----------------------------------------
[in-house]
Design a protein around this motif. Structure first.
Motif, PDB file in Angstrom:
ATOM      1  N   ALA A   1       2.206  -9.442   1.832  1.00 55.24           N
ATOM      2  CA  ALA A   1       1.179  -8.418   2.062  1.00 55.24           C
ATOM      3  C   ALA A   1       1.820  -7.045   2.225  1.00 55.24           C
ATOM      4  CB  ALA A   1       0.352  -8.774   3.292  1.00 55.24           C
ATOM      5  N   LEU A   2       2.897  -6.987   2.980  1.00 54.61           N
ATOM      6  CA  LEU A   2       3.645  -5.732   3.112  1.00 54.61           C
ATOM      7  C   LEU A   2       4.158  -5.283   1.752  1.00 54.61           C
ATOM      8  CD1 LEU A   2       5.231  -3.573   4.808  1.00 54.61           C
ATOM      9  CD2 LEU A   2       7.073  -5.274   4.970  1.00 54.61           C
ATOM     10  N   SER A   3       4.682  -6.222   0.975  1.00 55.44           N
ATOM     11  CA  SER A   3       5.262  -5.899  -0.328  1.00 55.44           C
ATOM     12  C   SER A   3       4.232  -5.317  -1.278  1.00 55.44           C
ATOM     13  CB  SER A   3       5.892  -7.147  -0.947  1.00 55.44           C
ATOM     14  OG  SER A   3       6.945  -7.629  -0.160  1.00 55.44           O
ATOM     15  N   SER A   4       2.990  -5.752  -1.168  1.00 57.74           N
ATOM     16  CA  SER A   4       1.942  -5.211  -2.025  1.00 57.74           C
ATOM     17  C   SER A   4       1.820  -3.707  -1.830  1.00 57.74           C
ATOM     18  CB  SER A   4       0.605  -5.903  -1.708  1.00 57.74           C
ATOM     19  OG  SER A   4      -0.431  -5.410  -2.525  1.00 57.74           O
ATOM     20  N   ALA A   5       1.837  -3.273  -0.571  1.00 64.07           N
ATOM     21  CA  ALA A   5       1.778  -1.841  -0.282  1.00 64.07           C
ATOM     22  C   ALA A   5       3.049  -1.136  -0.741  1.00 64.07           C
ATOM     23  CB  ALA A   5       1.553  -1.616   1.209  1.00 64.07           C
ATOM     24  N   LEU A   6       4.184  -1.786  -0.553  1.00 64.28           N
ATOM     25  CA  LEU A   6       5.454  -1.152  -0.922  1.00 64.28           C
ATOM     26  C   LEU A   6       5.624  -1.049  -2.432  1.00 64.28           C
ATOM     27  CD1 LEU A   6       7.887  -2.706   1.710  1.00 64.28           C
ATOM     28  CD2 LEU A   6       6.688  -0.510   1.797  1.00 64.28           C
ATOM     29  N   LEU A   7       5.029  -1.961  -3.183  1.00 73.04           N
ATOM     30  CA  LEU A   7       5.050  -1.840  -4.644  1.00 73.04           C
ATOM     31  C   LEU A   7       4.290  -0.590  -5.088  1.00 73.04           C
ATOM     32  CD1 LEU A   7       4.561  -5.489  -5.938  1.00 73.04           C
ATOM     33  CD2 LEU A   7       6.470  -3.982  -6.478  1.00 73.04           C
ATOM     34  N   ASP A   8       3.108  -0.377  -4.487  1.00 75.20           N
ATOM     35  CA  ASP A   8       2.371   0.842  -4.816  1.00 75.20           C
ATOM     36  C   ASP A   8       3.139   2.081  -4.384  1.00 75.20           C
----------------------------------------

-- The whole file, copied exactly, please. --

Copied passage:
[in-house]
Design a protein around this motif. Structure first.
Motif, PDB file in Angstrom:
ATOM      1  N   ALA A   1       2.206  -9.442   1.832  1.00 55.24           N
ATOM      2  CA  ALA A   1       1.179  -8.418   2.062  1.00 55.24           C
ATOM      3  C   ALA A   1       1.820  -7.045   2.225  1.00 55.24           C
ATOM      4  CB  ALA A   1       0.352  -8.774   3.292  1.00 55.24           C
ATOM      5  N   LEU A   2       2.897  -6.987   2.980  1.00 54.61           N
ATOM      6  CA  LEU A   2       3.645  -5.732   3.112  1.00 54.61           C
ATOM      7  C   LEU A   2       4.158  -5.283   1.752  1.00 54.61           C
ATOM      8  CD1 LEU A   2       5.231  -3.573   4.808  1.00 54.61           C
ATOM      9  CD2 LEU A   2       7.073  -5.274   4.970  1.00 54.61           C
ATOM     10  N   SER A   3       4.682  -6.222   0.975  1.00 55.44           N
ATOM     11  CA  SER A   3       5.262  -5.899  -0.328  1.00 55.44           C
ATOM     12  C   SER A   3       4.232  -5.317  -1.278  1.00 55.44           C
ATOM     13  CB  SER A   3       5.892  -7.147  -0.947  1.00 55.44           C
ATOM     14  OG  SER A   3       6.945  -7.629  -0.160  1.00 55.44           O
ATOM     15  N   SER A   4       2.990  -5.752  -1.168  1.00 57.74           N
ATOM     16  CA  SER A   4       1.942  -5.211  -2.025  1.00 57.74           C
ATOM     17  C   SER A   4       1.820  -3.707  -1.830  1.00 57.74           C
ATOM     18  CB  SER A   4       0.605  -5.903  -1.708  1.00 57.74           C
ATOM     19  OG  SER A   4      -0.431  -5.410  -2.525  1.00 57.74           O
ATOM     20  N   ALA A   5       1.837  -3.273  -0.571  1.00 64.07           N
ATOM     21  CA  ALA A   5       1.778  -1.841  -0.282  1.00 64.07           C
ATOM     22  C   ALA A   5       3.049  -1.136  -0.741  1.00 64.07           C
ATOM     23  CB  ALA A   5       1.553  -1.616   1.209  1.00 64.07           C
ATOM     24  N   LEU A   6       4.184  -1.786  -0.553  1.00 64.28           N
ATOM     25  CA  LEU A   6       5.454  -1.152  -0.922  1.00 64.28           C
ATOM     26  C   LEU A   6       5.624  -1.049  -2.432  1.00 64.28           C
ATOM     27  CD1 LEU A   6       7.887  -2.706   1.710  1.00 64.28           C
ATOM     28  CD2 LEU A   6       6.688  -0.510   1.797  1.00 64.28           C
ATOM     29  N   LEU A   7       5.029  -1.961  -3.183  1.00 73.04           N
ATOM     30  CA  LEU A   7       5.050  -1.840  -4.644  1.00 73.04           C
ATOM     31  C   LEU A   7       4.290  -0.590  -5.088  1.00 73.04           C
ATOM     32  CD1 LEU A   7       4.561  -5.489  -5.938  1.00 73.04           C
ATOM     33  CD2 LEU A   7       6.470  -3.982  -6.478  1.00 73.04           C
ATOM     34  N   ASP A   8       3.108  -0.377  -4.487  1.00 75.20           N
ATOM     35  CA  ASP A   8       2.371   0.842  -4.816  1.00 75.20           C
ATOM     36  C   ASP A   8       3.139   2.081  -4.384  1.00 75.20           C